Steve Richards: Dancing on the edge of the economic precipice

The Prime Minister shows again that he is a sharp reader of dance-floor moves

The political choreography of the recession is as compelling as anything on Strictly Come Dancing. We have had the clumsy footwork of the Conservatives, moves that make John Sergeant seem like Rudolf Nureyev, the recovery of Gordon Brown after being the most awkward figure on the dance floor, and the desperate lunges from the Liberal Democrats in an attempt to get noticed. If only voters were as engaged with the dance that shapes their lives as they are with the twists and turns of Sergeant's fortunes.

Perhaps for once they are following the political story more closely. As in a war, the connections are suddenly more tangible between politics and daily life. Leaders meet and actions are taken. Some of the actions make an impact almost immediately. In this context Brown's rise is not a mystery, and nor is it a conjuring trick alone, although the Prime Minister has played his hand cleverly. Voters are frightened.

When they are fearful, they turn to government for a response. They do not sit there and think, "The free market is the wonder of our age, let's wait for it to get us out of the nightmare". To a limited extent Brown has risen to the epoch-changing moment. The banks have not collapsed. Interest rates are falling fast. On Monday taxes will fall, I suspect, by a substantial amount as well.

Senior government figures I have spoken to cite the interest-rate reductions and calls from the IMF for a large fiscal stimulus as justifications for a big move on tax. There have been tensions between Brown and his chancellor, Alistair Darling, over quite how big the move should be and what form it should take.

The two of them have been meeting every day for some time to discuss the proposals and the wider economic crisis in addition to their sessions at the newly established National Economic Council, which gathers at least three times a week. But disagreements between Prime Minister and Chancellor on the eve of a pivotal announcement are not unusual and in some ways are encouraging. They suggest that Darling is more than a spokesman for Brown.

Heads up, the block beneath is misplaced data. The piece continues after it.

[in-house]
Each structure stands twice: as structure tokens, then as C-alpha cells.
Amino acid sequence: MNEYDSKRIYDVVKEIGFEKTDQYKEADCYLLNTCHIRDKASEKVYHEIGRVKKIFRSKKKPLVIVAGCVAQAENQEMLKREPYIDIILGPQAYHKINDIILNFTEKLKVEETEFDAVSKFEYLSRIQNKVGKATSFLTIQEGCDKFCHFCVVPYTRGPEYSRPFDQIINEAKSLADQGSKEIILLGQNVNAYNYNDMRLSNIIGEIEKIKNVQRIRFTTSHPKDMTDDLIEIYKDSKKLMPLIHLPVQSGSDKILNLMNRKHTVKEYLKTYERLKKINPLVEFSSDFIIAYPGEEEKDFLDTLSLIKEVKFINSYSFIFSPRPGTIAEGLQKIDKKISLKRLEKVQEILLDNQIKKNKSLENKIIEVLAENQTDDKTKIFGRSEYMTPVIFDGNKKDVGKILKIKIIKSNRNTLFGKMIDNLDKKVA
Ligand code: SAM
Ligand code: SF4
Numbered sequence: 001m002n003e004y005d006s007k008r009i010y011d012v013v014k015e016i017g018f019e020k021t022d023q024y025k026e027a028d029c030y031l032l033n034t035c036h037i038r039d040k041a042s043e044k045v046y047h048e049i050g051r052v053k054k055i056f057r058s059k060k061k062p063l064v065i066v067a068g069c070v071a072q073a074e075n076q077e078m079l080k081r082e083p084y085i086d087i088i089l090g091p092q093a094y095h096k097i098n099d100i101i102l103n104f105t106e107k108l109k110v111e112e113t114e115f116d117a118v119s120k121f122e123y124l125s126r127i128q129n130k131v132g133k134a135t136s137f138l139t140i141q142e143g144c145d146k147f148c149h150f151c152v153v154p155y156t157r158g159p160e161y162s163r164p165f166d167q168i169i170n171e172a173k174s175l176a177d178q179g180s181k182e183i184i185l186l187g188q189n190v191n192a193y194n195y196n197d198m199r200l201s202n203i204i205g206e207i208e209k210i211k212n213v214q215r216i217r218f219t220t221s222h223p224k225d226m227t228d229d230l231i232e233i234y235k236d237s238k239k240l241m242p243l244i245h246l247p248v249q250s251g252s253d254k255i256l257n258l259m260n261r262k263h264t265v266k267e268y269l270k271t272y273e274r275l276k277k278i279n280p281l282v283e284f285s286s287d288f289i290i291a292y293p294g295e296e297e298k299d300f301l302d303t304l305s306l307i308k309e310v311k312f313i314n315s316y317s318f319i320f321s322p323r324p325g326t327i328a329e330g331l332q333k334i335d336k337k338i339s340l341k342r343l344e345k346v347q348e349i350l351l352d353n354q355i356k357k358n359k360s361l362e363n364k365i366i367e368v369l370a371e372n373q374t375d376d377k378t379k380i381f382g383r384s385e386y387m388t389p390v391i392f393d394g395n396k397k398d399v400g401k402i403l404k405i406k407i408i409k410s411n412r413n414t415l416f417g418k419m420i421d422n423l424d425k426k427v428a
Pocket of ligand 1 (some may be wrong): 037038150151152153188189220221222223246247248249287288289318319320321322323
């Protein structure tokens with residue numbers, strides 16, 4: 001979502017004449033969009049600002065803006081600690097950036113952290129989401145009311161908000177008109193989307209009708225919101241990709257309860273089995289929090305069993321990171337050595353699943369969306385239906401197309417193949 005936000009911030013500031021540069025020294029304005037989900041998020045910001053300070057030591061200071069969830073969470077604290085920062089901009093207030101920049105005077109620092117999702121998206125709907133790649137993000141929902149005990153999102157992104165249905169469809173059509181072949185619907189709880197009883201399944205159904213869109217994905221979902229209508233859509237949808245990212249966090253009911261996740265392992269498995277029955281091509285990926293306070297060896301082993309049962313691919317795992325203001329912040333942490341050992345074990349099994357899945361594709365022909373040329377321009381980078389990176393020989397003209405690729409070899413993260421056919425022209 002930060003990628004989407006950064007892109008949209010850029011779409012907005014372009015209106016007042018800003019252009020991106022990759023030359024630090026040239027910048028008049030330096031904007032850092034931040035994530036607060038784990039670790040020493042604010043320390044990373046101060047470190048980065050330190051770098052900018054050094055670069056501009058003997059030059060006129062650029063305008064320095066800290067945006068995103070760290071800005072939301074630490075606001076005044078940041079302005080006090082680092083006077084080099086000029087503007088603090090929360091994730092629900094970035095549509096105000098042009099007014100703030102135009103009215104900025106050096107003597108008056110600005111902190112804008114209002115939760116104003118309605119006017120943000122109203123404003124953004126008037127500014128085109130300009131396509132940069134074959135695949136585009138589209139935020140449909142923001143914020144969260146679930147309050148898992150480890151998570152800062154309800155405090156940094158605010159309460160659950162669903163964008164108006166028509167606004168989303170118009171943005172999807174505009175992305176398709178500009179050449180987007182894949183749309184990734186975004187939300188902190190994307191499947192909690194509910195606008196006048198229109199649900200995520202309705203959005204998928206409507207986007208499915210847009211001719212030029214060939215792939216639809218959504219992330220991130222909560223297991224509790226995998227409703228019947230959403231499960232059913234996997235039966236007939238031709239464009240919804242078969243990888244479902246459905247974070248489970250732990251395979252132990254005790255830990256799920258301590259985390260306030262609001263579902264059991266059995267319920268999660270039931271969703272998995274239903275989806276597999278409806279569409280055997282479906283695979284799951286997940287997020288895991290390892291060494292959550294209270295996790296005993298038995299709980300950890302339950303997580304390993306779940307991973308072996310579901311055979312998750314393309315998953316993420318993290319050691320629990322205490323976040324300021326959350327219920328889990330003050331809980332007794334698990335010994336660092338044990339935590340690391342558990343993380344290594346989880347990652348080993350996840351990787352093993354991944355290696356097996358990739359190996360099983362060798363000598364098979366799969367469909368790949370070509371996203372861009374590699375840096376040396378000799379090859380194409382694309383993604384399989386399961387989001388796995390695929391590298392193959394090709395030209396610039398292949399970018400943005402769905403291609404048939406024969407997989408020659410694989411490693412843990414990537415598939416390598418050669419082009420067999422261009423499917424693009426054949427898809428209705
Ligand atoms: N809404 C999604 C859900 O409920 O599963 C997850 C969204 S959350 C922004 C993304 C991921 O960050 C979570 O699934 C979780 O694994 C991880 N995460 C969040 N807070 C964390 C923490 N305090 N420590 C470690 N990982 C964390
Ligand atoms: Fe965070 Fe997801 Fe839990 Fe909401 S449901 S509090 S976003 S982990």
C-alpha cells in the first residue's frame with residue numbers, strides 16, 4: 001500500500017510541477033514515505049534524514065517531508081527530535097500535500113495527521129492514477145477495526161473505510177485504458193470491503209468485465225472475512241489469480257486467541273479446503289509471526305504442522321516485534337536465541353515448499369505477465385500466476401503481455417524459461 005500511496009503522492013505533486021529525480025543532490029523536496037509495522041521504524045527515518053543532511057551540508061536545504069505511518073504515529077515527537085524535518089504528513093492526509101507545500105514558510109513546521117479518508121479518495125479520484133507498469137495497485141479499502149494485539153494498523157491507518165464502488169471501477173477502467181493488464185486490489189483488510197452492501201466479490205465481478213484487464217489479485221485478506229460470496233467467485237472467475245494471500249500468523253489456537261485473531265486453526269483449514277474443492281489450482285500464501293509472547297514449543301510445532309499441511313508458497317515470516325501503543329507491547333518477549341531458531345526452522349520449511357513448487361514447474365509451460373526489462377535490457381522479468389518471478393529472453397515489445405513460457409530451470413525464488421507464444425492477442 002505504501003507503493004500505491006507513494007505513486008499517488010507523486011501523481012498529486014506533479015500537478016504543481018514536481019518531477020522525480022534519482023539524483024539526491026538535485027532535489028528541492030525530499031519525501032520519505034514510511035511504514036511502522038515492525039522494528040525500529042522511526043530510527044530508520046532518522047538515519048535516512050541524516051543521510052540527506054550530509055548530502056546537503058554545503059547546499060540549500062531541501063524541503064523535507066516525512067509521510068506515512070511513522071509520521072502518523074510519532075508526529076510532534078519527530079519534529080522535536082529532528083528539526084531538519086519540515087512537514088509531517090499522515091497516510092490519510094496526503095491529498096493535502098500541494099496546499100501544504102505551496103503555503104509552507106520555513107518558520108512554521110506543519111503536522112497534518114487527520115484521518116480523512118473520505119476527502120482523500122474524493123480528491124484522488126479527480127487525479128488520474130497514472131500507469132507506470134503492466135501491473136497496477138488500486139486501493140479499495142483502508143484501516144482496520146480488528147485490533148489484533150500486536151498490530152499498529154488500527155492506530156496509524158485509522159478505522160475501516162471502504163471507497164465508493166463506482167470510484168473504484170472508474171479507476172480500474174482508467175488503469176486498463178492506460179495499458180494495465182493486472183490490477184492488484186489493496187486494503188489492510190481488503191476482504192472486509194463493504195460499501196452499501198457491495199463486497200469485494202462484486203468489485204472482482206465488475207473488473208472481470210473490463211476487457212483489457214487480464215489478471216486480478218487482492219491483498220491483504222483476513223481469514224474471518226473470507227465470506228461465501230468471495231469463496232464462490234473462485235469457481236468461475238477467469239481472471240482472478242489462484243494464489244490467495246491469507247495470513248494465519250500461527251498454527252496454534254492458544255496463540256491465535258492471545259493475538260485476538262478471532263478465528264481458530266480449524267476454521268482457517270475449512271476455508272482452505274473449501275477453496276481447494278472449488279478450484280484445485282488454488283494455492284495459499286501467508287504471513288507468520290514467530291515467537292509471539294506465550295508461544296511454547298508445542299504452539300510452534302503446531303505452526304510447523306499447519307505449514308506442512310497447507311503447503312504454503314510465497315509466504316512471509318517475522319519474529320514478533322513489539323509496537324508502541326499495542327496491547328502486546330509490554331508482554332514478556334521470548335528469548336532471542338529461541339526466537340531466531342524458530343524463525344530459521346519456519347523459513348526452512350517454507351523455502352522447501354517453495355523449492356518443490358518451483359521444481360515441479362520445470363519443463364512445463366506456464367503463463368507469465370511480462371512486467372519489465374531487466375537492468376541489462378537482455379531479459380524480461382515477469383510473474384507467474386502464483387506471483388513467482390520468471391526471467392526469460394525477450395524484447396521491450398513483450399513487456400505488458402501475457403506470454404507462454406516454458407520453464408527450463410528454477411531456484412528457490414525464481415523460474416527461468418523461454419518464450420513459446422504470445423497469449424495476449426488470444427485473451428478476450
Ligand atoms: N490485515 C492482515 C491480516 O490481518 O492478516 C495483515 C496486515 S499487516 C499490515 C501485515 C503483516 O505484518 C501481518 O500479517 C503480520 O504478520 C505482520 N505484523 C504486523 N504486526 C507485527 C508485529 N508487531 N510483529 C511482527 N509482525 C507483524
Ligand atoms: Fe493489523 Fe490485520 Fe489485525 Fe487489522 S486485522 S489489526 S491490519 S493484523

But Brown is driving the politics and has shown once again that he is a sharp reader of movements on the dance floor, sensing the steps ahead. For reasons I have never understood he is persistently underestimated, not least by his opponents.

As I suggested after Labour's win in the Glenrothes by-election Brown has had more comebacks than Bruce Forsyth. No one serves as a Labour Chancellor for a decade without substantial political skills. In this case Brown plans to cut taxes by borrowing more, along with every major government in the world and with the support of senior business leaders. Brown would never take risks on tax in isolation. His genius is to make the risky seem part of the mainstream orthodoxy.

Ministers cannot believe quite how quickly David Cameron has moved away from the mainstream and his supposedly modernising path. They were worried by his early period as leader and more recently when he appeared to be offering bi-partisan support in the economic crisis. They were not used to a Tory figure committed to issues such as the quality of life and public spending, then appearing to show a willingness to break with outdated Thatcherism in expressing support for the government's interventionist response to the crisis. Now, like his predecessors, at almost the same point in the parliamentary cycle, Cameron returns to a more familiar part of the dance floor and ministers are more relaxed about how to handle him.